While those few oak species continue to dominate globally, they aren't the only ones used. In Brazil, makers of cachaça have experimented with native woods, and their exploration has been influential. The culture of Scotch whisky is known for its devotion to tradition. When the country's whisky regulations were rewritten a while back, Bill Lumsden, director of distilling for Glenmorangie, a distillery founded in the Scottish Highlands in 1843, knew he was part of the reason.

Intrigued by the work cachaça makers were doing, "I had some barrels made of Brazilian cherry wood, and somehow the Scotch Whisky Association found out about this and called me into their offices and told me I was a naughty boy," he recalls. The regulations at the time were a bit unclear, he says; they were soon tightened to specify that oak, and only oak, could be used in the aging of Scotch.

While Lumsden plans to continue to experiment with other woods, he won't be allowed to call any of it Scotch. And he's okay with that. "I have to say, the results of the cherry wood experiment were truly terrible."

What a spirit will glean from a barrel isn't always just from wood. Remember those darker, used barrels in the One Eight warehouse? A spirit that goes into a barrel that previously held something else will get less from the wood (the first liquid has already sucked some of those flavors out), but will get flavor from the previous contents.

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The Spice Tree is one of the striking Scotch whisky blends by Compass Box, whose founder says, “The quality of the cask is paramount to making great whisky.” 

This is one of many differences between bourbon and Scotch: Where bourbon has to be aged in new charred oak, the Scots generally reuse barrels that have held wine or other spirits, so the wood typically has a more subtle impact. (It's sometimes too subtle for John Glaser, founder of Compass Box Whisky, which focuses on striking blends. "The quality of the cask is paramount to making great whisky," he told me via email. Some other Scotch producers, he says, use casks that have been used four or five times. "They'll be devoid of much in the way of flavor compounds at that stage.)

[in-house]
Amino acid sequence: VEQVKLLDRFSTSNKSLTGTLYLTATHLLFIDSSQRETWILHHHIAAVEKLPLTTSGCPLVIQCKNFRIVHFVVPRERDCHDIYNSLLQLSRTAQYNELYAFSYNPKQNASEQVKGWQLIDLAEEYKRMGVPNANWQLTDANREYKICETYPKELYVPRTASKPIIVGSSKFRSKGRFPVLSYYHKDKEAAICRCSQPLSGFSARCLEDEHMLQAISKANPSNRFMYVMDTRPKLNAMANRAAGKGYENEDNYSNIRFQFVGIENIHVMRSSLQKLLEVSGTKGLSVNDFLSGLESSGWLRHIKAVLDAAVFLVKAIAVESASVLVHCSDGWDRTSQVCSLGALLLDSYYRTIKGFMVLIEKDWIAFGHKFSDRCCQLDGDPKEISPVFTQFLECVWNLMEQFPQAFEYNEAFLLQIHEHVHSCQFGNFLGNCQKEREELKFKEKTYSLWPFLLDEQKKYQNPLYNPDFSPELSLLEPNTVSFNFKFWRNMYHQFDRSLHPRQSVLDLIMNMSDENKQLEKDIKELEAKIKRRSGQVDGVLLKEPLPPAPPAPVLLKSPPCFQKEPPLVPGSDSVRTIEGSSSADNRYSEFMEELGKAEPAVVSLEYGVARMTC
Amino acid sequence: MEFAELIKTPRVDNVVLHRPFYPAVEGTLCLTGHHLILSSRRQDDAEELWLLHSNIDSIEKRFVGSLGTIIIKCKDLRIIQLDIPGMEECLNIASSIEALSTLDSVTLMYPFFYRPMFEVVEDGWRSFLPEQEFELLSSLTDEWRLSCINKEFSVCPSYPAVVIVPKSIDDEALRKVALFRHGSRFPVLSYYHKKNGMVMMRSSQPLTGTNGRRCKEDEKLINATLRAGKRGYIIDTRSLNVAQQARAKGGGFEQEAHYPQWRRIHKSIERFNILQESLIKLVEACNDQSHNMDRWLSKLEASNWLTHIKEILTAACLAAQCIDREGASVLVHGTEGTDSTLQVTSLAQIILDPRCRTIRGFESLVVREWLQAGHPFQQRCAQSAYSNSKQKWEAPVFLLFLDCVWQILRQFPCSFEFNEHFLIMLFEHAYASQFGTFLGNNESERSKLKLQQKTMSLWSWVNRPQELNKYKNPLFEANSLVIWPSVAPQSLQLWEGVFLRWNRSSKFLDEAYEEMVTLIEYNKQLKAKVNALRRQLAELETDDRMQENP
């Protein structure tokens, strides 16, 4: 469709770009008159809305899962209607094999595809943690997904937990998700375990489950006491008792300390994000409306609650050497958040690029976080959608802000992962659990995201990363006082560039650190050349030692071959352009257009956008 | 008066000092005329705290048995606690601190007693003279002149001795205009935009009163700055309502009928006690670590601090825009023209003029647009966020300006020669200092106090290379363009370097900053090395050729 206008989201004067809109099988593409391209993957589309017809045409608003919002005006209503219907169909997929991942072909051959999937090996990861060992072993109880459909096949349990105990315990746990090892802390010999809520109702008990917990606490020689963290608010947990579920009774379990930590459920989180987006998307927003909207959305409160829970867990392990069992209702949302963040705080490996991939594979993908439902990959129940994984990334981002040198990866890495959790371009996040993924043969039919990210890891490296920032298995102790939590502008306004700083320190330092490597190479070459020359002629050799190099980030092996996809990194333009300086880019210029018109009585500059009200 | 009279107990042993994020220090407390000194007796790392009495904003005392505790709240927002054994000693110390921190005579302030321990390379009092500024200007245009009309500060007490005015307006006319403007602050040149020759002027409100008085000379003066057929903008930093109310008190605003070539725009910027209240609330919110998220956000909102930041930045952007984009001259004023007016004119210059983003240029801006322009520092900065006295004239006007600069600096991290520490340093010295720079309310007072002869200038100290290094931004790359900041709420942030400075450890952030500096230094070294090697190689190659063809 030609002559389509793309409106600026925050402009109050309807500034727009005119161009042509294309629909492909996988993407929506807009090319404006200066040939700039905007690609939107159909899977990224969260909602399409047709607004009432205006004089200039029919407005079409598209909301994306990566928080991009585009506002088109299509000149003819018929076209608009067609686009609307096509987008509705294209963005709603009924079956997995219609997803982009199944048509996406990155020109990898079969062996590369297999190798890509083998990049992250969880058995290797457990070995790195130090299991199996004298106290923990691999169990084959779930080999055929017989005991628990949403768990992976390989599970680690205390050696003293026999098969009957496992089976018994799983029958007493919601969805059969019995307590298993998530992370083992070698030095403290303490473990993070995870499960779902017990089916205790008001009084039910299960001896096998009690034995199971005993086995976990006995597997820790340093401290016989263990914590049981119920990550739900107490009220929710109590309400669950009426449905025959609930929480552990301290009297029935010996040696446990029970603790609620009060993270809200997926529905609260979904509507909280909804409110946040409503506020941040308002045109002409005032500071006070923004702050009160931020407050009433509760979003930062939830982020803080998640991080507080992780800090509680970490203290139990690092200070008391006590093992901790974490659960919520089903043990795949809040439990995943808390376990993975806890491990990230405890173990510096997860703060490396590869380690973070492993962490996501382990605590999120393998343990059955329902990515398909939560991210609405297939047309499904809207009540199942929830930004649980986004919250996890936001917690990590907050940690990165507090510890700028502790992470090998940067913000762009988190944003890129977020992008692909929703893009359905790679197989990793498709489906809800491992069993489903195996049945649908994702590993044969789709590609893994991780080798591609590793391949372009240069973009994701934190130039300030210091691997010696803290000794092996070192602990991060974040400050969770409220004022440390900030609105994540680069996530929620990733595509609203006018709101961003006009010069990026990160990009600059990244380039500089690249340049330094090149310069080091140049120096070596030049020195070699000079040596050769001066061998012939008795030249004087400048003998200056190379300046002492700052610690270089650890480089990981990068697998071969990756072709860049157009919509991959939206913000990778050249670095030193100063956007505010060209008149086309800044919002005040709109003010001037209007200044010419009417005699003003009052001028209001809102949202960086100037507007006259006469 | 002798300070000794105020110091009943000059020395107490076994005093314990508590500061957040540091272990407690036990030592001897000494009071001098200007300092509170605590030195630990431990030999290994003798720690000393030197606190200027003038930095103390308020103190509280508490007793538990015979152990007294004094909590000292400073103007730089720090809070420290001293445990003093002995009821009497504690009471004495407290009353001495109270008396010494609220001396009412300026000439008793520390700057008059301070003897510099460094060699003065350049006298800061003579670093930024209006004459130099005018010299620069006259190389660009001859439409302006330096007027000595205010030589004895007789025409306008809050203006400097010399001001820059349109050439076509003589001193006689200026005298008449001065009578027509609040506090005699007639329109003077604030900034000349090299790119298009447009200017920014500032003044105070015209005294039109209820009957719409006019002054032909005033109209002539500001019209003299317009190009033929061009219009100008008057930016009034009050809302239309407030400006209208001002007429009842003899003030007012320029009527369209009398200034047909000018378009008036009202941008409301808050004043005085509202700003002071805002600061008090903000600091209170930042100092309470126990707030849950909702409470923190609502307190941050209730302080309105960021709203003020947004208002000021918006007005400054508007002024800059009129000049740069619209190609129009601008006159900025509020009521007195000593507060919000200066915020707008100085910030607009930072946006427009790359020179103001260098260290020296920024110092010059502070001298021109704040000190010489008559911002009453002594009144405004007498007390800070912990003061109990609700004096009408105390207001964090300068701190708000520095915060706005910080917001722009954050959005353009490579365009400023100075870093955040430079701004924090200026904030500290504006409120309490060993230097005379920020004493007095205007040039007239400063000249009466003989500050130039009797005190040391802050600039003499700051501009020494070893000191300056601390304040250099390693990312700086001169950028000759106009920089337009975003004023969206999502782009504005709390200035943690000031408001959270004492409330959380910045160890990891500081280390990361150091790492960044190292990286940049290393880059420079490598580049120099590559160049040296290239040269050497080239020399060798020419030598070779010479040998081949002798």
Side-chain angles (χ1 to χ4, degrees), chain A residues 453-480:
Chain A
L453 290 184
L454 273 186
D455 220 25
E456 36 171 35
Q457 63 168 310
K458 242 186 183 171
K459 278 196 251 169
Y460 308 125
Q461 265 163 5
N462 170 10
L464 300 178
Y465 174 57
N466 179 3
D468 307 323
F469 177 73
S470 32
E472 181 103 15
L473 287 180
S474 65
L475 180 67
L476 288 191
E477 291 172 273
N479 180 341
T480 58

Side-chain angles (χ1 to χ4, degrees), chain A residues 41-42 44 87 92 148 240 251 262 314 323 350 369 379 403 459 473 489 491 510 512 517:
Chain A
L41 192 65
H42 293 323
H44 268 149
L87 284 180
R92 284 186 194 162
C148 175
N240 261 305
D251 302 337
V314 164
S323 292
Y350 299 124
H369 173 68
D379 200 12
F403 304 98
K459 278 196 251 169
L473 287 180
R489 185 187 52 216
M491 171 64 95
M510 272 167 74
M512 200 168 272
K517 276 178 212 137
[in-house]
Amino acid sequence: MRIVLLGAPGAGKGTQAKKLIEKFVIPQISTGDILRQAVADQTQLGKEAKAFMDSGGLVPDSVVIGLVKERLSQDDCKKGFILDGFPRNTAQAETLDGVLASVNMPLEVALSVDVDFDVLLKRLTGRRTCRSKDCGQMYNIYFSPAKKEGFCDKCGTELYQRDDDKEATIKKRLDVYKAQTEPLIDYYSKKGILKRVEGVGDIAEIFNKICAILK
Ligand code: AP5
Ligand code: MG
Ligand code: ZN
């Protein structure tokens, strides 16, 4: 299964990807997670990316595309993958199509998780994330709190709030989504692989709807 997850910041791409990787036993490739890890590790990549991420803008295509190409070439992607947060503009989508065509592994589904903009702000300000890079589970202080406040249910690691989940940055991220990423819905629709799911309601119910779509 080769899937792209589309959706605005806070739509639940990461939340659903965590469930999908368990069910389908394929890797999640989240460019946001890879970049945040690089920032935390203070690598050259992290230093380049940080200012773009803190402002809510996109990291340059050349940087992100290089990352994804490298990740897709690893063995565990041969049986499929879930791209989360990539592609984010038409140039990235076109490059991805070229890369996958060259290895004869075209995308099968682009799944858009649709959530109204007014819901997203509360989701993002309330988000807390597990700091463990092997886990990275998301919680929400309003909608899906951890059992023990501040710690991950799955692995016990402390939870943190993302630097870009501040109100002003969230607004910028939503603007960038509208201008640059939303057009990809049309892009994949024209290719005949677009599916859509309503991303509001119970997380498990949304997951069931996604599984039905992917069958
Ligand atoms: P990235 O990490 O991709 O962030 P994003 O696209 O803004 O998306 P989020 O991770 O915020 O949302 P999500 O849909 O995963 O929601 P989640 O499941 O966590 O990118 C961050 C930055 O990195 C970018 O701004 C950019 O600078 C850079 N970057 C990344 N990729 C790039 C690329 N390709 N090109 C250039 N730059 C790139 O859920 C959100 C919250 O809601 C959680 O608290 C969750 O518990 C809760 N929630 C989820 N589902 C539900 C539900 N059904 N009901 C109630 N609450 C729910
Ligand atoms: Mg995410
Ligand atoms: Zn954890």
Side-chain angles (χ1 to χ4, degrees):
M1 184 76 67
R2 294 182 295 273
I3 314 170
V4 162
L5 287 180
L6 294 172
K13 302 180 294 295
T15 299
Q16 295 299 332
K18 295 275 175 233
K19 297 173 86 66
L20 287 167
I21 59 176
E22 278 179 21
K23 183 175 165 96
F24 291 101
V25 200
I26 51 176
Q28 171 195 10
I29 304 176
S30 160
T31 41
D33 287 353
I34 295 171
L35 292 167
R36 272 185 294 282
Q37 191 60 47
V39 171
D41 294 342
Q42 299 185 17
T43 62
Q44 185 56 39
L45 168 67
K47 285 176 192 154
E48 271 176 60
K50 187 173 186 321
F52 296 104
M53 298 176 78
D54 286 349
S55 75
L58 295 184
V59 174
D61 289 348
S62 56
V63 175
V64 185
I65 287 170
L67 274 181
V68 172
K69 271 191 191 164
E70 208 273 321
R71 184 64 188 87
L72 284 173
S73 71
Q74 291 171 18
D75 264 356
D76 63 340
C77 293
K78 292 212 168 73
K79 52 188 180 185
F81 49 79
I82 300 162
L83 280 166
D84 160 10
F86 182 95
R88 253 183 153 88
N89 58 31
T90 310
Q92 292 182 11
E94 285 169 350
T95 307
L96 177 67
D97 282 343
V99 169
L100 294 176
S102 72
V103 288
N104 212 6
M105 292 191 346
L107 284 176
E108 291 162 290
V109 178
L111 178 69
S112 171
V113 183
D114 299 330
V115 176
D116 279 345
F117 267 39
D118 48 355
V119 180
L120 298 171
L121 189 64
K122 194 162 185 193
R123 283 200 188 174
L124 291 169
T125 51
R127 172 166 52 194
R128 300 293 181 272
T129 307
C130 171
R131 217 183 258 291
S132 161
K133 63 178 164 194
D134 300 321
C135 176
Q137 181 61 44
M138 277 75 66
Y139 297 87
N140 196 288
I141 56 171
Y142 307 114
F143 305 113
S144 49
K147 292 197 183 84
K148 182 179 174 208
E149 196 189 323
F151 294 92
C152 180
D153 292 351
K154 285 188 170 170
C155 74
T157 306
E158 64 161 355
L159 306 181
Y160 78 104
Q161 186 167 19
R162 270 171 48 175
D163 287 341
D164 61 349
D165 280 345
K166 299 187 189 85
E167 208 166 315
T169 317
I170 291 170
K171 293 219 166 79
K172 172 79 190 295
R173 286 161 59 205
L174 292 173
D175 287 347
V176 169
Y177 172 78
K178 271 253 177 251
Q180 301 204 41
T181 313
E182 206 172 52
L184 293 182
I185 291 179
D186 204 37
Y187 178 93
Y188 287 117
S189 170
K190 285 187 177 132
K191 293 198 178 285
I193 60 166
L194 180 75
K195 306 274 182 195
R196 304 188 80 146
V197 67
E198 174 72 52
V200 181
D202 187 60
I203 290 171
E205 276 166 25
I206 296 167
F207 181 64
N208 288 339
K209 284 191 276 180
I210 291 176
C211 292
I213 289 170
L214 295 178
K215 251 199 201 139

In the craft world here in the States, small distillers are doing all sorts of interesting things with cask finishing. Regulations give plenty of flexibility in how you may "finish" a spirit in wood, and if you don't care about releasing a spirit under a recognizable category (bourbon, for example), you have room to play around from the start.

On Iterations 3 and 4 of its Untitled Whiskey series, each of which is different in blend and barreling, One Eight loaned ex-bourbon barrels to Vigilante Coffee; the company stored roasted and unroasted coffee beans in them; later, One Eight took back the barrels for finishing whiskey. It has done a similar experiment with chocolatier Harper Macaw.

In partnerships with makers, breweries, cideries and rum makers, "we both end up with wonderful products," says co-founder and head distiller Alex Laufer, because their partners end up making something with the ingredients they've stored in One Eight's barrels.

Even with so much now known about what happens to spirits during the aging process, so much science behind it, some of the pleasure is in the remaining mysteries.

"We did a collaborative whiskey with the Whiskey Library," says One Eight CEO and co-founder Sandy Wood. "It's just two small rye barrels. Same mash, same distillation, they were kept side by side and have been for two years. And they are very different both in proof and flavor. It's all about the differences in the oak."

Whatever you love in aged spirits - the creativity and surprises that come out of craft barrels, the iconic bottlings from famous distillers, the cocktails you can make from them - wood is part of the pleasure. Consider it one more reason to hug a tree.